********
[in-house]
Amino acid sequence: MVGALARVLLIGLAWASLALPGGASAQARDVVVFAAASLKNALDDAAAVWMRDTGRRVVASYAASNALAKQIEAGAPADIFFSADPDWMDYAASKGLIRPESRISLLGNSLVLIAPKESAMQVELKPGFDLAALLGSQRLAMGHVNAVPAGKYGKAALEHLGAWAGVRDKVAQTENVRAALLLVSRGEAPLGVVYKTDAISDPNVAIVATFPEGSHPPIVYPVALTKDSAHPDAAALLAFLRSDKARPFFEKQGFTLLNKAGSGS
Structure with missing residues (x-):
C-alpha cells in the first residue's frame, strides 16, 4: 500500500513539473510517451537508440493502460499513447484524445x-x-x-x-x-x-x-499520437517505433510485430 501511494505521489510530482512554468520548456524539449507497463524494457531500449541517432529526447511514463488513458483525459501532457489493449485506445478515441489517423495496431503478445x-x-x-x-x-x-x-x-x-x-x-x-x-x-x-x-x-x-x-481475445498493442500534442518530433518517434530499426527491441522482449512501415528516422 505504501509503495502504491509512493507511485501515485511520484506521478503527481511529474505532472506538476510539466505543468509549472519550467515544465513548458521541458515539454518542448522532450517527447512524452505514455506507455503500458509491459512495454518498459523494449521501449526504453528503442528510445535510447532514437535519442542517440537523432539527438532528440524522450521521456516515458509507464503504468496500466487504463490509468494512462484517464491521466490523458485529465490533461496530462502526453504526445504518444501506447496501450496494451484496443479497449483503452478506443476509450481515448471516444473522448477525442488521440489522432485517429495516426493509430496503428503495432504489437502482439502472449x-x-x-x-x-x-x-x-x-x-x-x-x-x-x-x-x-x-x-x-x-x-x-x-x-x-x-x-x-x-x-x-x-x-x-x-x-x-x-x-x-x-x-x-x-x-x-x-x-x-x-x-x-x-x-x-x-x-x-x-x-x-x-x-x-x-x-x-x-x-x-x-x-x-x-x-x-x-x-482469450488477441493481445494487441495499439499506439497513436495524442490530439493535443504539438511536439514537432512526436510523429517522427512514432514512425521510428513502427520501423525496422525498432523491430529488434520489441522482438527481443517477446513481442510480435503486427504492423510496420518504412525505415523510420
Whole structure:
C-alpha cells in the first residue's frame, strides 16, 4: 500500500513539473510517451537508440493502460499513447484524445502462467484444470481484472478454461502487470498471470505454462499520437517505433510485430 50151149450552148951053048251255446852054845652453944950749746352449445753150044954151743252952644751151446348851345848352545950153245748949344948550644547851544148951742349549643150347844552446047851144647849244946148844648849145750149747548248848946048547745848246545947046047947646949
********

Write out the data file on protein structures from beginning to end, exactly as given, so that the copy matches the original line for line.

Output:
[in-house]
Amino acid sequence: MVGALARVLLIGLAWASLALPGGASAQARDVVVFAAASLKNALDDAAAVWMRDTGRRVVASYAASNALAKQIEAGAPADIFFSADPDWMDYAASKGLIRPESRISLLGNSLVLIAPKESAMQVELKPGFDLAALLGSQRLAMGHVNAVPAGKYGKAALEHLGAWAGVRDKVAQTENVRAALLLVSRGEAPLGVVYKTDAISDPNVAIVATFPEGSHPPIVYPVALTKDSAHPDAAALLAFLRSDKARPFFEKQGFTLLNKAGSGS
Structure with missing residues (x-):
C-alpha cells in the first residue's frame, strides 16, 4: 500500500513539473510517451537508440493502460499513447484524445x-x-x-x-x-x-x-499520437517505433510485430 501511494505521489510530482512554468520548456524539449507497463524494457531500449541517432529526447511514463488513458483525459501532457489493449485506445478515441489517423495496431503478445x-x-x-x-x-x-x-x-x-x-x-x-x-x-x-x-x-x-x-481475445498493442500534442518530433518517434530499426527491441522482449512501415528516422 505504501509503495502504491509512493507511485501515485511520484506521478503527481511529474505532472506538476510539466505543468509549472519550467515544465513548458521541458515539454518542448522532450517527447512524452505514455506507455503500458509491459512495454518498459523494449521501449526504453528503442528510445535510447532514437535519442542517440537523432539527438532528440524522450521521456516515458509507464503504468496500466487504463490509468494512462484517464491521466490523458485529465490533461496530462502526453504526445504518444501506447496501450496494451484496443479497449483503452478506443476509450481515448471516444473522448477525442488521440489522432485517429495516426493509430496503428503495432504489437502482439502472449x-x-x-x-x-x-x-x-x-x-x-x-x-x-x-x-x-x-x-x-x-x-x-x-x-x-x-x-x-x-x-x-x-x-x-x-x-x-x-x-x-x-x-x-x-x-x-x-x-x-x-x-x-x-x-x-x-x-x-x-x-x-x-x-x-x-x-x-x-x-x-x-x-x-x-x-x-x-x-482469450488477441493481445494487441495499439499506439497513436495524442490530439493535443504539438511536439514537432512526436510523429517522427512514432514512425521510428513502427520501423525496422525498432523491430529488434520489441522482438527481443517477446513481442510480435503486427504492423510496420518504412525505415523510420
Whole structure:
C-alpha cells in the first residue's frame, strides 16, 4: 500500500513539473510517451537508440493502460499513447484524445502462467484444470481484472478454461502487470498471470505454462499520437517505433510485430 50151149450552148951053048251255446852054845652453944950749746352449445753150044954151743252952644751151446348851345848352545950153245748949344948550644547851544148951742349549643150347844552446047851144647849244946148844648849145750149747548248848946048547745848246545947046047947646949